8 - Keeping short accounts

Greg Aikins on November 4, 2020

Settle matters quickly with your adversary who is taking you to court.  Do it while you are still with him on the way, or he may hand you over to the judge, and the judge may hand you over to the officer, and you may be thrown into prison.  I tell you the truth, you will not get out until you have paid the last penny.  – Jesus, Matthew 5: 25-26.

As a disciple, I need to heed carefully the words of Jesus here.  Our Lord speaks them in the context of his warnings about anger towards others.  Followers of Jesus are to handle anger differently than worldly people, remembering that “human anger does not achieve the righteousness that God desires” (James 1:20). In fact, unbridled anger and wrath can lead to great evil and hurt, whether it originates with me or is expressed toward me by others.

One of the ways to head off anger is to keep short accounts with others.  We have already heard Jesus say that if I am aware that another person is angry with me, it’s best to seek reconciliation as soon as possible, in order that my worship of God may not be hindered (Matt. 5:23-24).  If I want to pursue holiness before the Lord, I need to make it a priority to resolve my conflicts with others.

There are also times when I need to clear things up quickly because my personal integrity is at stake.  This is what Jesus has in mind with this command.  The “adversary” here is clearly someone to whom I owe a debt.  If I don’t pay people what I owe them, this can create not only annoyance but lead to anger and retribution.  Refusing to honor my commitments, after I have promised to do so, can result in others resenting and being angry with me.  When I am aware that I have failed to keep my promises it is best that I acknowledge it quickly and do my best to make reparations.

However Jesus not only tells us what to do and when, but how to do it.  The words “settle matters with your adversary” can also be translated as “be favorably minded toward” him or her.  Rather than just grudgingly fulfill my obligations, the Lord asks me to go the extra mile with my “accuser”.  The spirit in which I am to settle matters with anyone who has reason to question my integrity is a gentle, friendly spirit.  Paul admonishes, “Let no debt remain outstanding, except the continuing debt to love one another, for he who loves his fellowman has fulfilled the law” (Romans 13:8).   In order to be a peacemaker who turns away wrath (Matt. 5:9; Prov. 15:1), Jesus calls me to be a person of loving integrity, keeping my word to others out of love for them.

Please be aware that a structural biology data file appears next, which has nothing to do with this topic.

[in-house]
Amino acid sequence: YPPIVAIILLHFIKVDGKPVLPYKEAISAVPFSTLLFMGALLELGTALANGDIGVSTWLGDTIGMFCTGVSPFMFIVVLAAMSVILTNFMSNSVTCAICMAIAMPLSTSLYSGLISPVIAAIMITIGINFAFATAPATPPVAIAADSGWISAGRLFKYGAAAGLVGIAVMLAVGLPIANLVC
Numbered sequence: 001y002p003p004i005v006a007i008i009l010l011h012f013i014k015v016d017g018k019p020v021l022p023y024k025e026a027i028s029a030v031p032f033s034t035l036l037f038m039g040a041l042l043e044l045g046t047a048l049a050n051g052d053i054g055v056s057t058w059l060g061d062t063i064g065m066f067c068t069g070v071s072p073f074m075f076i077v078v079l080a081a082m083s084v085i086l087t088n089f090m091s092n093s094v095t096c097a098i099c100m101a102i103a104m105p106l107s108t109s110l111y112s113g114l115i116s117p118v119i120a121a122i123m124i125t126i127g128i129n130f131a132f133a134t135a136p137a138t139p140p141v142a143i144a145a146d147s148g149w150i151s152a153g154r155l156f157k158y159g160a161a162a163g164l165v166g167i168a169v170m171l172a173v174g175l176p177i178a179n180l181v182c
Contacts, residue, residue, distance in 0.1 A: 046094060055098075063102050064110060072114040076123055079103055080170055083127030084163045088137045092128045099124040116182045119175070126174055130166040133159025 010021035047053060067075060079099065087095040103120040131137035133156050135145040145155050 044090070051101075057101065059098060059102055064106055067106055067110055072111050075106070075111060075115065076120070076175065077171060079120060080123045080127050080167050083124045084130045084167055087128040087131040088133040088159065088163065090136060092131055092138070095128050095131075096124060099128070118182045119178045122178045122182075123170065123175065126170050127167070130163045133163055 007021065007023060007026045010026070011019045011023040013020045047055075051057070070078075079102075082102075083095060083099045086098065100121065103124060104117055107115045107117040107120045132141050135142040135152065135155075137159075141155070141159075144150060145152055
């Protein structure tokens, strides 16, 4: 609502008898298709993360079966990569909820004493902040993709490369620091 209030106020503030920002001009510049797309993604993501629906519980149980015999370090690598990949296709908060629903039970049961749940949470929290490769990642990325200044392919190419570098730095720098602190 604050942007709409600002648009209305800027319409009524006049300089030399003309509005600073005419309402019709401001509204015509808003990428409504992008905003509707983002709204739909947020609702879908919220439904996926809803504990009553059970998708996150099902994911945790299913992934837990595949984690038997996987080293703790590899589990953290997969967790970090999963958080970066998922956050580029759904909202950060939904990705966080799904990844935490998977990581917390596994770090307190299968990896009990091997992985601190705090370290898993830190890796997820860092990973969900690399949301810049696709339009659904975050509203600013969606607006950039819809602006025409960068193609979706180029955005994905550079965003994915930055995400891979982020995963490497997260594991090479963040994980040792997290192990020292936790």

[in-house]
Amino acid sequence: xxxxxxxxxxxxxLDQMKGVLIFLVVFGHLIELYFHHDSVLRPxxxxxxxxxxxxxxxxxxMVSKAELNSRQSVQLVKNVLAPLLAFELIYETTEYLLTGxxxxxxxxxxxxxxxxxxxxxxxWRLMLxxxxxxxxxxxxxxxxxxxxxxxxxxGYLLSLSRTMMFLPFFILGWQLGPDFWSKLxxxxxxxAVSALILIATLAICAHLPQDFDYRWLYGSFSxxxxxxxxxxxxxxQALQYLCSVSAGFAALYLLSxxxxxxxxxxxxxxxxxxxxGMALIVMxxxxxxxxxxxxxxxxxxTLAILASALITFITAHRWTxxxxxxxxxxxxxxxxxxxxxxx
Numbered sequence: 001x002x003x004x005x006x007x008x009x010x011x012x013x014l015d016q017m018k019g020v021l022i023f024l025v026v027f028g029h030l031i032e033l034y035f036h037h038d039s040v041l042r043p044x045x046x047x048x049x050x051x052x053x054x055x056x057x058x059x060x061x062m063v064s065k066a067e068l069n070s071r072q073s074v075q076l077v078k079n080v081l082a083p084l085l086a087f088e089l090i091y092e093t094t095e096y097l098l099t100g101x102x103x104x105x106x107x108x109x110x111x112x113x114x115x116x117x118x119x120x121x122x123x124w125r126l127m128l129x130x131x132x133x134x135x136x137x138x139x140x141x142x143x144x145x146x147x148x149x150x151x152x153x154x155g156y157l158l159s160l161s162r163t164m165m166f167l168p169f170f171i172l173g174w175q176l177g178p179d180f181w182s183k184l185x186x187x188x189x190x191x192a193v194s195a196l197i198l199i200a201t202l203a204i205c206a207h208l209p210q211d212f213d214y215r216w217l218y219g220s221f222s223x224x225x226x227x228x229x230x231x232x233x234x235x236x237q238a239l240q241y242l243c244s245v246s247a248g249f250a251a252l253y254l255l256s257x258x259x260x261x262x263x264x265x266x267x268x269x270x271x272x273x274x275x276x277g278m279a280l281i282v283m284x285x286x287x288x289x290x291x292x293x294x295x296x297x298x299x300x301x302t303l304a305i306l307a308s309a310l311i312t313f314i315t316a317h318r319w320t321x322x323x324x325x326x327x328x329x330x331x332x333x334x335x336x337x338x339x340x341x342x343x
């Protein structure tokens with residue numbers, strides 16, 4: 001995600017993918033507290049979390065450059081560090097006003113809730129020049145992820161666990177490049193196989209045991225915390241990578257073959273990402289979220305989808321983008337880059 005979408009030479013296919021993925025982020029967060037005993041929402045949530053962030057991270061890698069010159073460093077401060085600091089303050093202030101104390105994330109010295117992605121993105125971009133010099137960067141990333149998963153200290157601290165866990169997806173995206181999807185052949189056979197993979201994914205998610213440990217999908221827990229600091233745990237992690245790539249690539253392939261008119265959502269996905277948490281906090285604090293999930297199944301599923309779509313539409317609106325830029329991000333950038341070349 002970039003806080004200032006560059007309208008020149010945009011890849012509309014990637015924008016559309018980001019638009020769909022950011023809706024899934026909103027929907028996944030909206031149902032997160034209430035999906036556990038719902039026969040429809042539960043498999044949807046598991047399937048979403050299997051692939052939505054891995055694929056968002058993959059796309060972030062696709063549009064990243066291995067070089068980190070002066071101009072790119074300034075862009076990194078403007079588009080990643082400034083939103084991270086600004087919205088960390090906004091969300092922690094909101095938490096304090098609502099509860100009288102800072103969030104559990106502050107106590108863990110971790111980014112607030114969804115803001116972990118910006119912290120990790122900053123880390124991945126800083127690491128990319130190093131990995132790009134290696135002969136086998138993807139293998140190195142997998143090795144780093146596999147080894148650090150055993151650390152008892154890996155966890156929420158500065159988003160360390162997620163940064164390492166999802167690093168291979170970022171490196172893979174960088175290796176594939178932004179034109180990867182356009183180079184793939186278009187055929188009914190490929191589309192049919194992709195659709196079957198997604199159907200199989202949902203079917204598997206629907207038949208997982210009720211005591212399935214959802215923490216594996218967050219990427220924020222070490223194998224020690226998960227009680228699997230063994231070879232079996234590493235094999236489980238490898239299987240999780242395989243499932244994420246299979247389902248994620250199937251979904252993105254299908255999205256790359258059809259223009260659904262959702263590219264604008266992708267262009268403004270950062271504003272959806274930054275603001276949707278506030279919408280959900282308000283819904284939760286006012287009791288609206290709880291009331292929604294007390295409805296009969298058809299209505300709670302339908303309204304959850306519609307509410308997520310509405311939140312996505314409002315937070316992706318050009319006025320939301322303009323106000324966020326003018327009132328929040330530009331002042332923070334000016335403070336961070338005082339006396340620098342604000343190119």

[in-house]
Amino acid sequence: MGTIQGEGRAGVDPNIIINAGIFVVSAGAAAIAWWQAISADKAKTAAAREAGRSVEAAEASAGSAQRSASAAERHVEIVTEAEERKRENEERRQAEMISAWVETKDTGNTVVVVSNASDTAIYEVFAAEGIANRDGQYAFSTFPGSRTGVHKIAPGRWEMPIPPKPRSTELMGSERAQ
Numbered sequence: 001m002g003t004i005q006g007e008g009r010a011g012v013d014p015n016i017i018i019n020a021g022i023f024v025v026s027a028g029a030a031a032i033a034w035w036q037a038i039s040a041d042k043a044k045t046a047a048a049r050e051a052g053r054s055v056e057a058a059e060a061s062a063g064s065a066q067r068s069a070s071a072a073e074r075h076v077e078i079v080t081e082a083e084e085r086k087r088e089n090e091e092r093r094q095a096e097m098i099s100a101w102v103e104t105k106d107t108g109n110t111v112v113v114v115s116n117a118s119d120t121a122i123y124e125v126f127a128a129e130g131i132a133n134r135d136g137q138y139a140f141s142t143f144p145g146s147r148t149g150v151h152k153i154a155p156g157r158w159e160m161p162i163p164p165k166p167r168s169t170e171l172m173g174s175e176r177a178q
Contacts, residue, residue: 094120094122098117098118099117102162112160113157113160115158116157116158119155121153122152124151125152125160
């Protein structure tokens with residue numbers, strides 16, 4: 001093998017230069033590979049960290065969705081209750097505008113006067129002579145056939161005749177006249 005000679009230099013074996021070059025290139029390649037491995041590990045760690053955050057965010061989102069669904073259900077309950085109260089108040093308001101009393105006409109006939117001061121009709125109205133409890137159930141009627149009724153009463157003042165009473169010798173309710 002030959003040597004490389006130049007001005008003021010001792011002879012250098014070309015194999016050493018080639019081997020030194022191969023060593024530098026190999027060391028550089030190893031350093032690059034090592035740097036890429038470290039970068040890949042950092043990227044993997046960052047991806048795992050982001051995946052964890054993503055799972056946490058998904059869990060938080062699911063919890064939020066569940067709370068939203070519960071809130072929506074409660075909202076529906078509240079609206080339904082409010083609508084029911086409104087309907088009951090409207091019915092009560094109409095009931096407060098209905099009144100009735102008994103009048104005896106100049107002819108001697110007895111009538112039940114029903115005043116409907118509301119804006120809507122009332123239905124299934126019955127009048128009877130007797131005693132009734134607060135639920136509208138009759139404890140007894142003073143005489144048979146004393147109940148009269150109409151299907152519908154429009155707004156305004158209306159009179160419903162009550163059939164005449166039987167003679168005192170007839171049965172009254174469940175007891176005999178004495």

Finally, Jesus reminds me that people who don’t satisfy their creditors end up in court and even in prison.  He prefaces this reminder with the solemn, “Truly I say to you, you will not get out until you have paid the last cent.”  As one writer puts it, “Deeper thoughts underlie these words.  The day of judgement is close at hand, when the unpaid creditor will be able to claim divine justice.”[1] If I am unfaithful in meeting my obligations in this life, I may face the Lord’s judgment later for my lack of integrity.

              In the angry, strife-filled time in which we are living, Christ calls us to be instruments of his peace.  One way in which we can be those agents is by working things out with anyone to whom we owe a debt with a favorable attitude toward them.  Perhaps it is a physical debt, something I have borrowed.  Perhaps it is a relational debt to my spouse, my children or a friend that I owe.  We are not only doing ourselves a favor, we are doing them a favor by showing them that we are true followers of the One who “allowed no debt to remain outstanding, except to love.”    

[1]Alan Hugh McNeile, The Gospel According to St. Matthew (Grand Rapids: Baker, reprinted 1980 from 1915 ed.), 64.